They fought back

Dorothy Gordon recalls how she, her mother and sisters survived the Shoah in the forests of Belarus with the partisans

By Marshall Weiss, The Dayton Jewish Observer

“Let me tell you something. Everybody has the same story. Only in a different way,” Dorothy Gordon, age 90, says of those who survived the Holocaust.

Dorothy’s story began when she was 16 in 1940. The Germans knocked on her family’s door in the Belorussian village of Postavy — “Open up, Jude!”

“They took us all down into a basement and they kept the women there, my grandpa, my grandma, my aunt, my uncle, three children and us: my father, my mother, and me and two sisters.”

After two and a half days in the basement, a soldier took them to an office and asked why they were shooting at the Nazis when they took over the town.

“And that was a lie,” Dorothy recalls. “So they let the women go, only they kept two women, a pharmacist and a midwife. And I remember the midwife, she asked my father, ‘when they fire the shot, does it hurt?’ And my father said, ‘It takes a split of a second. It doesn’t hurt.’

The Nazis then shot all the men. Dorothy and the freed women were sent with the rest of the town’s Jews to a ghetto.

Shortly after their liberation in 1944 when they left the forests: Dorothy Gordon with her husband, Harry Gordon and Harry’s younger brother Maurice. The Gordons, who fought back as partisans during World War II, rebuilt their lives in Dayton.
Shortly after their liberation in 1944 when they left the forests: Dorothy Gordon with her husband, Harry Gordon and Harry’s younger brother Maurice. The Gordons, who fought back as partisans during World War II, rebuilt their lives in Dayton.

“When we went to the ghetto, it was my mother and three daughters and a son,” Dorothy says. Her brother had slept outside in the barn the night the men of her family were rounded up to be shot.

In that ghetto was a group that worked with the partisans, a resistance force of native Poles and Russians.

A cousin of Dorothy with the partisans snuck into the ghetto to rescue family and bring them to the forest. Dorothy was among 18 who escaped. But she would return.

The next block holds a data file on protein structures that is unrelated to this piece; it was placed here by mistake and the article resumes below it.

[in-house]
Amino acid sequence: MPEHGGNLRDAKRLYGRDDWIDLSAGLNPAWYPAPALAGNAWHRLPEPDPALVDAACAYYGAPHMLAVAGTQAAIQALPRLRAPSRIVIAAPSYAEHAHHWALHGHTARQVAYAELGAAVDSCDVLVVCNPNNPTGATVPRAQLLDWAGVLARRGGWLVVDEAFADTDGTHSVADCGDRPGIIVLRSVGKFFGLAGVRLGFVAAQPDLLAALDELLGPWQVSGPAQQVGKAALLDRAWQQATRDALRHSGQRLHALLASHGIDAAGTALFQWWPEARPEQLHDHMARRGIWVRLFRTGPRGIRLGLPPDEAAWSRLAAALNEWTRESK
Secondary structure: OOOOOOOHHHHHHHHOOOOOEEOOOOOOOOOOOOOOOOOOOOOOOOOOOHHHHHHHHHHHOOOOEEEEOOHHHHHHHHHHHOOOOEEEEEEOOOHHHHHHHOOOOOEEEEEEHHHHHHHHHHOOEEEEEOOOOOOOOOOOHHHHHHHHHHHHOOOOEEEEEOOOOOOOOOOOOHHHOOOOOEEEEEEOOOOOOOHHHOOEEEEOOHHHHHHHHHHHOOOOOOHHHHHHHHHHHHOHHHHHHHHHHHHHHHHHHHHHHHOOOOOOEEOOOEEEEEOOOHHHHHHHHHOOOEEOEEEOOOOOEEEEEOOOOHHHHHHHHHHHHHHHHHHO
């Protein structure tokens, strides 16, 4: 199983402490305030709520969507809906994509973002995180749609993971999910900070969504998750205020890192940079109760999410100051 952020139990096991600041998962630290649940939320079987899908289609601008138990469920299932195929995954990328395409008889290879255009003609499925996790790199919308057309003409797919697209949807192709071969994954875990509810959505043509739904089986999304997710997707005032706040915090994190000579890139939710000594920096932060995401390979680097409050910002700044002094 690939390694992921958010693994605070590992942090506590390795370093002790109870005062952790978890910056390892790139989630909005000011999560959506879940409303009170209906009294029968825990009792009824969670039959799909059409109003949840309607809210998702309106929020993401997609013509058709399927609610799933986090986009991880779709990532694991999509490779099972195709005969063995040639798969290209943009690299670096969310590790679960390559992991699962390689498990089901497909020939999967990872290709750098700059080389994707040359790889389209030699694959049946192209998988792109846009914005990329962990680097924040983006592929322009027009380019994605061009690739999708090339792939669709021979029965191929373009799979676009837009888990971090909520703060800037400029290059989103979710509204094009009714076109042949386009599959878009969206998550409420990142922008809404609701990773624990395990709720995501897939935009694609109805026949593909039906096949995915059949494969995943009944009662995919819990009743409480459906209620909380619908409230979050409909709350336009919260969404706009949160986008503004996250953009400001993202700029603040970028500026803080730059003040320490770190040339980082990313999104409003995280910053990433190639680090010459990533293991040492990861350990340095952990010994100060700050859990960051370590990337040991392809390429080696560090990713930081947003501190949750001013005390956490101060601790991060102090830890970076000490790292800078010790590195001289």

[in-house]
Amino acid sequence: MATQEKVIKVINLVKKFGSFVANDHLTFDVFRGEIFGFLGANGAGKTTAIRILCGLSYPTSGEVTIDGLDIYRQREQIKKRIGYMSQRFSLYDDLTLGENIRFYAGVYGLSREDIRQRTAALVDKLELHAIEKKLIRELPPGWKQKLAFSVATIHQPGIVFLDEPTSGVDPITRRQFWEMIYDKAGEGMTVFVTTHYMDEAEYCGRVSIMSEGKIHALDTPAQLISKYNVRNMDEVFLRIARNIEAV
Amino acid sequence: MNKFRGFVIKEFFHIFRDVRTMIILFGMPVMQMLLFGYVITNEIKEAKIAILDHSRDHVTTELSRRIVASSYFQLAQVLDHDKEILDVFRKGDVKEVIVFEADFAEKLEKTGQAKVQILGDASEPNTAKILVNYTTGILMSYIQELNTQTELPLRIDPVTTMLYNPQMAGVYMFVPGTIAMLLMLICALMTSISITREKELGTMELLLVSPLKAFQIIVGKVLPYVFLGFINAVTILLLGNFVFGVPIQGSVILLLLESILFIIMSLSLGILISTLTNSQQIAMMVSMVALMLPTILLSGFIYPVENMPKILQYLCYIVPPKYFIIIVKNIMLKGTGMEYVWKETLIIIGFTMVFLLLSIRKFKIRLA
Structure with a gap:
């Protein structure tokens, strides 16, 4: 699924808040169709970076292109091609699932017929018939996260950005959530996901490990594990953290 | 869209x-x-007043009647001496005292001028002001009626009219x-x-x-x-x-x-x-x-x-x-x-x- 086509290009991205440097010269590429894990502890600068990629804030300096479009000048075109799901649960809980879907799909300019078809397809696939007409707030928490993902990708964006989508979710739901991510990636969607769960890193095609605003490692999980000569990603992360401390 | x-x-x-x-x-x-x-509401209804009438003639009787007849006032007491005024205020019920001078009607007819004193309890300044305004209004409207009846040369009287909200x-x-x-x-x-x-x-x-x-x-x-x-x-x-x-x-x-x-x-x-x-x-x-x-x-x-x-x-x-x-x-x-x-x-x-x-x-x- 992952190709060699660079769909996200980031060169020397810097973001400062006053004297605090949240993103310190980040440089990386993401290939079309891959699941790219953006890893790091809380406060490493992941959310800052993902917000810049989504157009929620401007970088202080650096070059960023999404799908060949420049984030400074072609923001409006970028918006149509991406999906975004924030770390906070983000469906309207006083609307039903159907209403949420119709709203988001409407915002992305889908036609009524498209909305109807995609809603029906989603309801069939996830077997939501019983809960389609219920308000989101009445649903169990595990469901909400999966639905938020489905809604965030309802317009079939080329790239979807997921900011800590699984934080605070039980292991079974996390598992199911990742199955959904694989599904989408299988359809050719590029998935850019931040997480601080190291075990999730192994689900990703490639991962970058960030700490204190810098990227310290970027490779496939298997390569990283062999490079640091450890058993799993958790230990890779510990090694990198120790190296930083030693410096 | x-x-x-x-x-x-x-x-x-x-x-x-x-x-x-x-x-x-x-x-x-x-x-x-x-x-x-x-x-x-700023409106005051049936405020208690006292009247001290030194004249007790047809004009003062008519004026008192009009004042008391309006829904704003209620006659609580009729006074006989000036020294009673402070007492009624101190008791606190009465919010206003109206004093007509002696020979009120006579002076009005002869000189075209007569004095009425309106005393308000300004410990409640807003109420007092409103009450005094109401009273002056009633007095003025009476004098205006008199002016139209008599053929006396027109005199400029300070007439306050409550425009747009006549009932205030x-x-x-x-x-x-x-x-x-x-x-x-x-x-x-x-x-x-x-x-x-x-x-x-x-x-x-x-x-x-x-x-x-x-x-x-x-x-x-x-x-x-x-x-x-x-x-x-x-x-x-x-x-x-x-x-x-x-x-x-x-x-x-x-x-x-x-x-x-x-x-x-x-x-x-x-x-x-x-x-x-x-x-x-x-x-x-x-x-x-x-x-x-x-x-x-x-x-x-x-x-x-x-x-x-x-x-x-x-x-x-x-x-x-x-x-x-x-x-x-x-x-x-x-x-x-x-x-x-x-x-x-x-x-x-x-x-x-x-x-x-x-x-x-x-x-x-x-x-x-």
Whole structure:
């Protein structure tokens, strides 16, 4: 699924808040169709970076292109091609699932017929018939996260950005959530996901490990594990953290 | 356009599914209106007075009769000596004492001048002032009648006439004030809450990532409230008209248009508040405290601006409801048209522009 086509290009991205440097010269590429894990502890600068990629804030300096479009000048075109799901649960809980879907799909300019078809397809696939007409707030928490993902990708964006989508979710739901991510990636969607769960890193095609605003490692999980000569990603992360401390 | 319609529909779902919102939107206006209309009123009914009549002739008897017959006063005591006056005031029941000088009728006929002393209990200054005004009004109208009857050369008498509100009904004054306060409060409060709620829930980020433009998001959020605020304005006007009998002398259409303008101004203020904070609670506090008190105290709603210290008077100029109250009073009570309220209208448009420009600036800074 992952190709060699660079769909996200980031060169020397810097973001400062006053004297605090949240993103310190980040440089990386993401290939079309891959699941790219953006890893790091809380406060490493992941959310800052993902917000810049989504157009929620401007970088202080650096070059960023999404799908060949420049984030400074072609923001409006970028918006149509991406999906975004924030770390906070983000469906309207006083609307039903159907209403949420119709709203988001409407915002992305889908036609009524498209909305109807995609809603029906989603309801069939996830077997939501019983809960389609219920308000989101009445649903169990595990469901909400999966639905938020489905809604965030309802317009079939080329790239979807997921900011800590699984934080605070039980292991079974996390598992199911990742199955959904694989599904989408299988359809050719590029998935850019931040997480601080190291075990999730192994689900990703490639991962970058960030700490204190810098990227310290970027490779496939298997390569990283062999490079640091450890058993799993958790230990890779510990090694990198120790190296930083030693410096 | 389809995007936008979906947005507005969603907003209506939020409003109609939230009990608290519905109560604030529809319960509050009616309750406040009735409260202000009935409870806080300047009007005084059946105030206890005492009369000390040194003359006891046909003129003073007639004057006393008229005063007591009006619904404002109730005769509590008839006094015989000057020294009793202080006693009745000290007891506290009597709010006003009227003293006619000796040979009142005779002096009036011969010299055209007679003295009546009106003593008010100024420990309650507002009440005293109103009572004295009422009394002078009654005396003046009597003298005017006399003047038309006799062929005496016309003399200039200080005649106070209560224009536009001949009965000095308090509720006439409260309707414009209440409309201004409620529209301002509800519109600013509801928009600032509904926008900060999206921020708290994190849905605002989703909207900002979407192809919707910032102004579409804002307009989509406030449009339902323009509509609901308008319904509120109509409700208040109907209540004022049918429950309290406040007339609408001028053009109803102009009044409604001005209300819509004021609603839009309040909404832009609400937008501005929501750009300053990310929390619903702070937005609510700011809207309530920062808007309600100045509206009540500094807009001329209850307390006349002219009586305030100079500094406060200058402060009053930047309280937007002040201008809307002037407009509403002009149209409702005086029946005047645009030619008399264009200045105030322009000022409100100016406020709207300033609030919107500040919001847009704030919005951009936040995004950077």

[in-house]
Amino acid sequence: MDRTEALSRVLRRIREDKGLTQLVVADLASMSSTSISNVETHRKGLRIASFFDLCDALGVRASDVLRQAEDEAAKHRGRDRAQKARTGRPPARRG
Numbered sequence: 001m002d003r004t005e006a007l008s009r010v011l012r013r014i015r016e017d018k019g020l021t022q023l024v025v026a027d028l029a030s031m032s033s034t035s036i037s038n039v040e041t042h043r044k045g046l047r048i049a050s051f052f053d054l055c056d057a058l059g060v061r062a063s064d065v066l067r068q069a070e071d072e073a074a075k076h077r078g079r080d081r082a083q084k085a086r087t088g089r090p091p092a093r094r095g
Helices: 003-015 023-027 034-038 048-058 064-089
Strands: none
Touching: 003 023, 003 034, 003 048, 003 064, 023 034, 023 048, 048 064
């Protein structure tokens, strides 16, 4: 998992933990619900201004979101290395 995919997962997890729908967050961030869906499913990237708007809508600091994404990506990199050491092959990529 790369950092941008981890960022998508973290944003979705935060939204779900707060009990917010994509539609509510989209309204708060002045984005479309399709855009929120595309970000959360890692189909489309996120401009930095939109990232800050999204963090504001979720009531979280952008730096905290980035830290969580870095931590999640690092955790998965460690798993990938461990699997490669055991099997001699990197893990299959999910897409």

“He told us where we will meet,” she says, “and we did not meet at the same place where he told us. And it had gotten to be light. The day broke already and we couldn’t find him and we didn’t know the way to get to the forest.

“By daytime, the gentiles started to have their cows and their horses on the outside in the forest. They lived around the forest. It was on a Sunday, the gentiles went to church.”

No one wanted to go back to the ghetto. Dorothy decided to return, out of concern for her mother, there by herself.

“I tore my petticoat and I put it on as a kerchief and took off my shoes and went back to the ghetto,” she says.

When Dorothy returned, four more families were living with them. No one believed she had escaped the ghetto and returned safely. The Nazis had told the Jews they killed all who had fled, “that they were going to have our heads carried on sticks, for the ghetto to see not to run away.”

A few weeks later, Dorothy’s cousin returned to the ghetto. This time, Dorothy, her two sisters and their mother went to the forest. Her cousin guided them.

They stayed in the forest three and a half years.

“And I joined the resistance,” Dorothy says. “We didn’t have a Jewish brigade. The other part of the forest had. If you could join the partisans, it was easier.”

She was a member of The Narocz Brigade, named for the nearby Narocz River.

“The partisans needed somebody to cook, to wash. Whatever they told us, we did. Sometimes it was to stand guard at night. Sometimes it was to be a nurse for the boys.”

The men would blow up trains on their way to the German front with ammunition.

“Everybody’s desire was to kill and kill and kill the Germans,” she says. We had to kill them because we needed clothes. And ammunition.”

Jewish men had to prove their worth, Dorothy adds. Not only were men required to bring guns and ammunition to be accepted in the partisans, they had to be able to shoot. And with the Poles and Russians, she says, antisemitism was inherent.

“They used to laugh at the Jews and say, ‘can’t you shoot, Jew?’ But they showed themselves they were heroes.”

Her mother and two sisters weren’t members of the partisans but lived close to the camp.

“There were little children and women and men, older men, older women that did not go to the partisans,” she says. “They couldn’t take them. And they lived on their own. So almost every single night they used to go begging. There were more Jews in the forests than people that lived in the villages.”

Until more Jewish partisans joined the brigade, Dorothy, her mother, and a sister would beg for food at villages around the forest.